On December 23, 1835, two full troop companies under the command of Major Dade left the Tampa region en route to Fort King, in present-day Ocala. Little did they know they were headed into disaster. After five days of marching they found themselves south of Bushnell in central Florida, where a superior force of 180 Seminole ambushers sprang from the hammocks. Major Dade fell in the first volley fired – indeed, it is commonly held that the very first bullet of the engagement struck Dade, killing him while he was astride his horse. That shot was fired by none other than Seminole Chief Micanopy.
The Seminole ambush nearly decimated Major Dade’s troops to the man. Since Dade’s forces were assembled in single-file marching lines standing two abreast, they were easy targets for the ambushers’ guns. Out of the 110 men under Dade’s command, 107 were killed outright in the fighting. Three were injured, and one of the wounded was later caught and killed while trying to flee. By comparison, the Seminole forces sustained three casualties and five wounded.
The voters’ opting to break with 161 years of Dade being known as such was not a decision taken lightly. Even so, without questioning the county forefathers’ wisdom in naming Dade County after a commander whose blunder led to the eradication of two U.S. companies, one might feel safe in positing that the name change was a good thing.
As for Fort Dallas, the building still stands, but not where originally built. What buildings remain have since been moved to their current location in Lummus Park.
JACK TIGERTAIL STOOD PROUD OVER THE ENTRANCE TO THE CITY
Prior to Coppinger’s arrival, development had already begun pressing ever southward. The drainage of the Everglades caused all manner of upheaval for the Seminoles living in the area. Hunting grounds were destroyed; in turn, tribal income from the sale of pelts and hides plummeted. The Seminoles’ traditional way of life was at risk of being completely eradicated. Thus, for some Seminole, working at Coppinger’s seemed like the best way to make a living in changing times.
Enter Jack Tigertail, also known as Chief Willie Willie. Born in Big Cypress Swamp, he lived in the Everglades about twenty-five miles west of Homestead. In 1918, he moved his family to Coppinger’s. Articulate and handsome, Tigertail excelled as the tribe’s intermediary for business affairs. He quickly became a local celebrity. In fact, he was so larger than life that by 1921, he was selected to represent the growing community of Hi-a-le-ah, as the city’s name was written then.
It seemed a natural fit to have Tigertail represent the city’s image. After all, the city’s name had its roots in the Seminole-Creek language. Hialeah means “pretty prairie” or “high prairie”.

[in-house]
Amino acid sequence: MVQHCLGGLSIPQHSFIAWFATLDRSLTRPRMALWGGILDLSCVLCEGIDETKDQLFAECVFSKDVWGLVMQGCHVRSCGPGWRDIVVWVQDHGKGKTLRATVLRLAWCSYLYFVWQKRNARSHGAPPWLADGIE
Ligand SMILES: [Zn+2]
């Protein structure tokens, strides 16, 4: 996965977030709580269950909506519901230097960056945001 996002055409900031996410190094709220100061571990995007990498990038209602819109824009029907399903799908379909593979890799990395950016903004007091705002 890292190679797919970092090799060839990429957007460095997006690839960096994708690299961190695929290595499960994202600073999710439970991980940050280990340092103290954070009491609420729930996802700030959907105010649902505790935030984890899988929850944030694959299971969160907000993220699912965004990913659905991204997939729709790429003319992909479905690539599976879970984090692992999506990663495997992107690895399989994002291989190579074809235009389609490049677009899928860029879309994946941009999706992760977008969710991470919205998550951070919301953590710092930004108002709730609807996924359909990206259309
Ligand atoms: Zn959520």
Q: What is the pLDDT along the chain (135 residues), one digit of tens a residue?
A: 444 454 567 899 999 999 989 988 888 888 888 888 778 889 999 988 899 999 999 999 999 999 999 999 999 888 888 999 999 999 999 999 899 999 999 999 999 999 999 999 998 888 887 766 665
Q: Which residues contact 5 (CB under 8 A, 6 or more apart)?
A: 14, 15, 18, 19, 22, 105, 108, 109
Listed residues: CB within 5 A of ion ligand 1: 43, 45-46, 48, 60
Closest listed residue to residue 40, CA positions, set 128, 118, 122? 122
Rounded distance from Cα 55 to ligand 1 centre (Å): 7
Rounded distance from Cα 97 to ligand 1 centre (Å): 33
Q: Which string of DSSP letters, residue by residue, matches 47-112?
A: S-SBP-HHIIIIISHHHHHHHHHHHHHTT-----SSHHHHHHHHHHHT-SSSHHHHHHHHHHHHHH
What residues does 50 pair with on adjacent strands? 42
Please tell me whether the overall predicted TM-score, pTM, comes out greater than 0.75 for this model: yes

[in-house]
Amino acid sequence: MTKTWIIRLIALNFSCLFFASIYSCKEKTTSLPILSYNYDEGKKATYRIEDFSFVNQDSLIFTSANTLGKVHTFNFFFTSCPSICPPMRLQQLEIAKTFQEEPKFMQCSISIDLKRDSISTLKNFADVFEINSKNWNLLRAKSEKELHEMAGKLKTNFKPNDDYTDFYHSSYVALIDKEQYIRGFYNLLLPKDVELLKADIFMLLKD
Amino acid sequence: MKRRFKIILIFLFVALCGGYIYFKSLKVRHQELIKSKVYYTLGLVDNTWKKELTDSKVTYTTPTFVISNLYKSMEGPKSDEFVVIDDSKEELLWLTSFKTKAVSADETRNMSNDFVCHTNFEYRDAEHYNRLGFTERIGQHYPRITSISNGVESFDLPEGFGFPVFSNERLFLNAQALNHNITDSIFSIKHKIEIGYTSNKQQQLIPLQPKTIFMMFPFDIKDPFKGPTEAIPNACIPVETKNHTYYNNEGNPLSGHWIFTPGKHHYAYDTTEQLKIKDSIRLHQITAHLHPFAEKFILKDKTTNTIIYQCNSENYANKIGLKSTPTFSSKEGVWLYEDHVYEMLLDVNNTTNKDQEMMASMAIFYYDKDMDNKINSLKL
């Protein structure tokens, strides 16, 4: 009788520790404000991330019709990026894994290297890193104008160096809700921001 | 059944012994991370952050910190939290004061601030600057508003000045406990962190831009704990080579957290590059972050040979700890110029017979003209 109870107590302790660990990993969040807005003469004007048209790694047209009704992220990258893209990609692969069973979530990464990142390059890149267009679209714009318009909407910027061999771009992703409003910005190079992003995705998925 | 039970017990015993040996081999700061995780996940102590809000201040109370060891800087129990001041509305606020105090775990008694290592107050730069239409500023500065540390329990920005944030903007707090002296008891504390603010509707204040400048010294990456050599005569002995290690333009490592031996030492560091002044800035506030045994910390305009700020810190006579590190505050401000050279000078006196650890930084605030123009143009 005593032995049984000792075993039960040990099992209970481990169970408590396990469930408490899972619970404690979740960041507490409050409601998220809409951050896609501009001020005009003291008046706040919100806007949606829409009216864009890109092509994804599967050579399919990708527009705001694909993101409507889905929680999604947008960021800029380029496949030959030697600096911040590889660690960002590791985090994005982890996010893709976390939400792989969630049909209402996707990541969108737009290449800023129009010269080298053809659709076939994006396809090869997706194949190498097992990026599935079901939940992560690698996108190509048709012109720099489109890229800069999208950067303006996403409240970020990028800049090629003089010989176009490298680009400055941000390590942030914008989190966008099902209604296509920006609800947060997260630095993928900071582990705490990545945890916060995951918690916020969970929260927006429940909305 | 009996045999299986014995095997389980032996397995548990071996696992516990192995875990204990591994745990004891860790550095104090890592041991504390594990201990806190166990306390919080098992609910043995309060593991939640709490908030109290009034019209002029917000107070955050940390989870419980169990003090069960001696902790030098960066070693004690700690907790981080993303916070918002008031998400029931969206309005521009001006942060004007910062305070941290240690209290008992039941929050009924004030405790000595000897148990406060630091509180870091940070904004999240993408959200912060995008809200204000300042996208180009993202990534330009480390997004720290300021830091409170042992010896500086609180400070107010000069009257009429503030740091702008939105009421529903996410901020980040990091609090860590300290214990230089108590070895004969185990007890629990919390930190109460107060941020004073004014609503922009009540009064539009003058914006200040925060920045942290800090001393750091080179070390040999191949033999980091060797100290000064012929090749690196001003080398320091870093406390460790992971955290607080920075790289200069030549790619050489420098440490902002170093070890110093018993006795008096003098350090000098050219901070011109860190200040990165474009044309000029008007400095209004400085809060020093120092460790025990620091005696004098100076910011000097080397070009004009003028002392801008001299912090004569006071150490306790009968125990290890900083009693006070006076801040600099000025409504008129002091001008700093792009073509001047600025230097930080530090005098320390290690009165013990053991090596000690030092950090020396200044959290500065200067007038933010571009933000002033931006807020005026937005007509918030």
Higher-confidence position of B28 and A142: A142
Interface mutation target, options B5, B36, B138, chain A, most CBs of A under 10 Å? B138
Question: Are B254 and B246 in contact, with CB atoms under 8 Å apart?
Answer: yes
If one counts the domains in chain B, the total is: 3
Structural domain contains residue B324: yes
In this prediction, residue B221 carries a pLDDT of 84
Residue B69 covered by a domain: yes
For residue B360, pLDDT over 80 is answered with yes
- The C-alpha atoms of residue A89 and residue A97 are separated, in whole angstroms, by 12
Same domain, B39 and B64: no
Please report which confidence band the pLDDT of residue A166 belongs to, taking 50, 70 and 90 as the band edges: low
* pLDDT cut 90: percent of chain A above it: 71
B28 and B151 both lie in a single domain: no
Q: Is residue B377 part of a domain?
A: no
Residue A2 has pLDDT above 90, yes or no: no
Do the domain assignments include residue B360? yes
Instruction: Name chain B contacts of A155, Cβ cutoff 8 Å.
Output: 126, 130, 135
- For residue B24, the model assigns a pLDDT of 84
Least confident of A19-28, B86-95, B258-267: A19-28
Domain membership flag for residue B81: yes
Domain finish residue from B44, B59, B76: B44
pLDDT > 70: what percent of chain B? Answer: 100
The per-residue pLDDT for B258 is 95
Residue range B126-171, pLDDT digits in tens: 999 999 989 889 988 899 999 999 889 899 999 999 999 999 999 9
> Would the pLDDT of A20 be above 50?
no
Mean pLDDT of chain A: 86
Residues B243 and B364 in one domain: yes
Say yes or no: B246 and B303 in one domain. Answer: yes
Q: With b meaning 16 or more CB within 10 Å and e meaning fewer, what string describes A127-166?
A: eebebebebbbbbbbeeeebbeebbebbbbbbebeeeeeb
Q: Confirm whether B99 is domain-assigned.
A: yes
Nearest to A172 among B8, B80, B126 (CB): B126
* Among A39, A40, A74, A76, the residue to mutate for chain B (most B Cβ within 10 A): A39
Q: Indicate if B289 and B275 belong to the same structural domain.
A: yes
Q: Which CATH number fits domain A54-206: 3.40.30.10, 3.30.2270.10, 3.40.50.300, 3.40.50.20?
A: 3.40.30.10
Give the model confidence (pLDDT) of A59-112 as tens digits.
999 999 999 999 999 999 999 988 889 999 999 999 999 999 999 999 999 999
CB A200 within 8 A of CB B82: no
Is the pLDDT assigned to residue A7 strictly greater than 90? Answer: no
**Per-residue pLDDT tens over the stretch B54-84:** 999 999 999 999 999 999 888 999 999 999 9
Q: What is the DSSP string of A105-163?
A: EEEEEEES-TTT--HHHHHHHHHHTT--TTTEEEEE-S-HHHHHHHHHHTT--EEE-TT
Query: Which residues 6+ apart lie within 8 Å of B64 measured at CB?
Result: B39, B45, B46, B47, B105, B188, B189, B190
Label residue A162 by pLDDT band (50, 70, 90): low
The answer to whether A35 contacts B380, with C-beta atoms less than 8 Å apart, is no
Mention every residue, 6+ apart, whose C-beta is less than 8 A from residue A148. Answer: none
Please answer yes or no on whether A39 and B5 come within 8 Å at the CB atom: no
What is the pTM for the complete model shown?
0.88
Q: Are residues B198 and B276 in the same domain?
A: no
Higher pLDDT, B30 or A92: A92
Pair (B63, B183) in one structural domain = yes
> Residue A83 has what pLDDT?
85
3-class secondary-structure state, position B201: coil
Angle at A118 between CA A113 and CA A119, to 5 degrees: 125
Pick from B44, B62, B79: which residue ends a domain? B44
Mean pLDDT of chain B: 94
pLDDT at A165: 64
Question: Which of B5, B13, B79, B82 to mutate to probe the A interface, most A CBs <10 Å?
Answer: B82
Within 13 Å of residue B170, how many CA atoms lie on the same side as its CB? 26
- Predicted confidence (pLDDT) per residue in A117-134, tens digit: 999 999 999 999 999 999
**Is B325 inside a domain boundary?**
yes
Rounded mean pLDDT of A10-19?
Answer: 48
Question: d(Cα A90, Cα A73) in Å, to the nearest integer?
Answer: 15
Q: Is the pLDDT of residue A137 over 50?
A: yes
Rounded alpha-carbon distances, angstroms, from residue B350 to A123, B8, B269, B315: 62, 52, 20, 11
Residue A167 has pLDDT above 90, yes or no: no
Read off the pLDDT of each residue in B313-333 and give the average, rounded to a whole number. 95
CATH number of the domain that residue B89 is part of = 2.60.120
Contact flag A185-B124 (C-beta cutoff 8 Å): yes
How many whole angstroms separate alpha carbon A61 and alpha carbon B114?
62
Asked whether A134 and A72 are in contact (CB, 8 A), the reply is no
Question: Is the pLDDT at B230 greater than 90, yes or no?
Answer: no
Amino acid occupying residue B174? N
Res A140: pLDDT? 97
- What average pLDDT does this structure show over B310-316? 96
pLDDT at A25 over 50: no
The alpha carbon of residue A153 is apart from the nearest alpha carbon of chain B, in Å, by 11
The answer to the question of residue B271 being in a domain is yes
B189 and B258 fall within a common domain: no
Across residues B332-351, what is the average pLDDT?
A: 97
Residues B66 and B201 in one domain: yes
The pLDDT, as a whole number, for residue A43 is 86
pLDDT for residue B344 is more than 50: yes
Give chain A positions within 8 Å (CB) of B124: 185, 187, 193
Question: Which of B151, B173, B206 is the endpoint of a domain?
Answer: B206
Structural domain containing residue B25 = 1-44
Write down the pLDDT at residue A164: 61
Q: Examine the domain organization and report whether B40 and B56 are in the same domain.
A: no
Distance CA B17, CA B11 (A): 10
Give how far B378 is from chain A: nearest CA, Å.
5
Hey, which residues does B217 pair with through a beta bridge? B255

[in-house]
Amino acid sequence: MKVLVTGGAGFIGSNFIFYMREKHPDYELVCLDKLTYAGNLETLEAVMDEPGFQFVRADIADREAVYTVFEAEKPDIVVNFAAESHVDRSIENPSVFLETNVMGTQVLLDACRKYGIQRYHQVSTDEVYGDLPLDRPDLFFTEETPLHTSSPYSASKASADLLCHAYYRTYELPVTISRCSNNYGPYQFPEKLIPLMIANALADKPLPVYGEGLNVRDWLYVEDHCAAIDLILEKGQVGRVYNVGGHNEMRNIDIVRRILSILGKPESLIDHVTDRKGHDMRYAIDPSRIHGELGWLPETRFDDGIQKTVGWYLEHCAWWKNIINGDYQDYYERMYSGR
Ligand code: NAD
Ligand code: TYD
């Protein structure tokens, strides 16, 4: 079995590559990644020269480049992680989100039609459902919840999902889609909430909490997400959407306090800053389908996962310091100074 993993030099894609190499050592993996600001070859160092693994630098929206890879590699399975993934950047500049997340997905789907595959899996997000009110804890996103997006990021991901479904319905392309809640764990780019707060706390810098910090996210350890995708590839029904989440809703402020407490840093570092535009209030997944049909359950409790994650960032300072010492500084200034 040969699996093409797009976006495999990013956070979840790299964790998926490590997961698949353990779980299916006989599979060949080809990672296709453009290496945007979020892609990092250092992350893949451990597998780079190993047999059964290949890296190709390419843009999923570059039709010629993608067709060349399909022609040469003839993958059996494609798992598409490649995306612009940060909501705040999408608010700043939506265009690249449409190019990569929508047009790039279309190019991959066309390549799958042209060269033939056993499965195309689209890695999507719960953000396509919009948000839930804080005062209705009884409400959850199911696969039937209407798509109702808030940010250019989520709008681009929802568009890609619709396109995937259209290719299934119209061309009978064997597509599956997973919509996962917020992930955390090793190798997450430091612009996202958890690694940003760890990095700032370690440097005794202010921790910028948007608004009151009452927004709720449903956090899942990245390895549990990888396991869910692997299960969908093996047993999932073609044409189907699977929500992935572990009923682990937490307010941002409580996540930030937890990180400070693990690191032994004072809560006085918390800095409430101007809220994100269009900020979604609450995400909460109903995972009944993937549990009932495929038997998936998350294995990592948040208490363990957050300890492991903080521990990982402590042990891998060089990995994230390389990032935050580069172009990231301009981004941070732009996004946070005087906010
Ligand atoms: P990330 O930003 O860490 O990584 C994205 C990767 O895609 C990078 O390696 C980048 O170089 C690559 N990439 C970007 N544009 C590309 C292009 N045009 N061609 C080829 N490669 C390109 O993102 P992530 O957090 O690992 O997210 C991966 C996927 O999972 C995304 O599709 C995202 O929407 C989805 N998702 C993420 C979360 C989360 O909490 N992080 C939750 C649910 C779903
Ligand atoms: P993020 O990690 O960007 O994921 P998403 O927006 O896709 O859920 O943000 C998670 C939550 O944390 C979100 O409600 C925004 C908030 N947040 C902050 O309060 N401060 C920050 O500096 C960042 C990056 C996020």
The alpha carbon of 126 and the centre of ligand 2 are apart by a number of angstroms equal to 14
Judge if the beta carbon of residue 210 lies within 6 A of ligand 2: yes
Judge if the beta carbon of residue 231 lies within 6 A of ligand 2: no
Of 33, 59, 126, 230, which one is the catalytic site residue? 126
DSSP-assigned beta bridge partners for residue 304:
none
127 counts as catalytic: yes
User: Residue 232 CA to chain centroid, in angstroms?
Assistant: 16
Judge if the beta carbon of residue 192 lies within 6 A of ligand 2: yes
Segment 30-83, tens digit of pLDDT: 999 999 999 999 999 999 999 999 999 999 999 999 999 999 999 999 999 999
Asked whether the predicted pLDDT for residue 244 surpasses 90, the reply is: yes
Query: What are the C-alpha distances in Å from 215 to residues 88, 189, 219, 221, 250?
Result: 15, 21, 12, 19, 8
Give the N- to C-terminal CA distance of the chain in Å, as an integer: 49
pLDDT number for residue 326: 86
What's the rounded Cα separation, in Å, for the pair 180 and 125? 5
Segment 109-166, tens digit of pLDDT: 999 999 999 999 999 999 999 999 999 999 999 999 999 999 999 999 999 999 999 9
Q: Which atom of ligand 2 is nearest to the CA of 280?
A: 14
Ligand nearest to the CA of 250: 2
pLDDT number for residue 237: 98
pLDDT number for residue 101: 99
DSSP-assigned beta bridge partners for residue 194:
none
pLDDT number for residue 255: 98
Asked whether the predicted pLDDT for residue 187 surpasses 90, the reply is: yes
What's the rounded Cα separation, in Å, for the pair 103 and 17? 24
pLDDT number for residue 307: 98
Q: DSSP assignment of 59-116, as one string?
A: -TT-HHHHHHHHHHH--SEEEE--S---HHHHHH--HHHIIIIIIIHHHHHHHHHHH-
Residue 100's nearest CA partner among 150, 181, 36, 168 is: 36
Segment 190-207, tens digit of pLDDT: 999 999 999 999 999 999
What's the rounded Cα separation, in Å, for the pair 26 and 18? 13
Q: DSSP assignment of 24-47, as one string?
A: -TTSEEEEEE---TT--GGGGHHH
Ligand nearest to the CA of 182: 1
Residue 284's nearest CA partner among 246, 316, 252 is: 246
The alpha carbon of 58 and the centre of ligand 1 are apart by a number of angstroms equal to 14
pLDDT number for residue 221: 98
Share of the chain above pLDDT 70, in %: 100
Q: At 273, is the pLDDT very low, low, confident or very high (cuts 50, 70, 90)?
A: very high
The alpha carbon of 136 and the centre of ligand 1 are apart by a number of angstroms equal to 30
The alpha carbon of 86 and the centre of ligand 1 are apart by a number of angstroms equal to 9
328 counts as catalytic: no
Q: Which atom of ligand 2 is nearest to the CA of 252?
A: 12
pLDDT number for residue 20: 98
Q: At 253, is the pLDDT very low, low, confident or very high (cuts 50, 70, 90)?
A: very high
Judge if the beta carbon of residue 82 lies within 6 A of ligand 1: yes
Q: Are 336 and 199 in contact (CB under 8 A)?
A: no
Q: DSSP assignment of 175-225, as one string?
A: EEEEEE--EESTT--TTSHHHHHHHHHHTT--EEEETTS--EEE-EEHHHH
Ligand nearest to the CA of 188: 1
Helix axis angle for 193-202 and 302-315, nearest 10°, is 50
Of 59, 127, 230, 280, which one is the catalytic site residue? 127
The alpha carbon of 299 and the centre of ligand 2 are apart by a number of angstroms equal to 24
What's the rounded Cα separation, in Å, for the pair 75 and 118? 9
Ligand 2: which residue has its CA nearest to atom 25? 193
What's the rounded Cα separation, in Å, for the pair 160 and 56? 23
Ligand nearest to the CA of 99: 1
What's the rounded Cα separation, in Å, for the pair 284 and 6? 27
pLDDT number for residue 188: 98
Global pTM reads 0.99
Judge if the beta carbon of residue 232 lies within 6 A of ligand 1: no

An image of Tigertail in Seminole dress was turned into an enormous roadway sign erected at the city’s entrance on First Street (Hialeah Drive) and County Road (Okeechobee Road). Tigertail’s sign served as the proverbial Indian guide. The sign, with arm outstretched, showed the way to Hialeah. His image was also used on promotional materials.
Sadly, his fame would outlive him. On March 8, 1922, Tigertail died under mysterious circumstances. His body was discovered at Coppinger’s with fatal gunshot to the back.
A quandary ensued regarding Tigertail’s burial. Despite having lived in the Seminole community at Coppinger’s, he could not be buried there. Nor could he be buried in Hialeah – James Bright, who developed the city along with Glenn Curtiss, could not secure permission to erect a monument within Hialeah’s city limits. Instead, he was interred at the Miami City Cemetery, making history as the first Indian to be buried there.
The sign was eventually taken down, but not all that is gone is forgotten. Chief Willie Willie’s sign may no longer stand at the entrance to the city, but his legacy lives on in the form of the City of Hialeah’s official seal, which bears his likeness.
Order Your Copy Of Miami Is Missing
Like what you read? This book discusses thirty-five abandoned, forgotten, and vanished historic locations. Photographs, addresses, and coordinates are provided for context.
Discussed in this book:
- The remains of a city wiped off the map
- An abandoned rocket waiting to fly man to the moon
- The infamous "Krome Insane Asylum"
- The lost site of Miami Municipal, Amelia Earhart's departure point
- Opa-locka's vanished golf course, archery club, & aquatics center
- Interama, the futuristic cultural expo that never was
- And many more . . .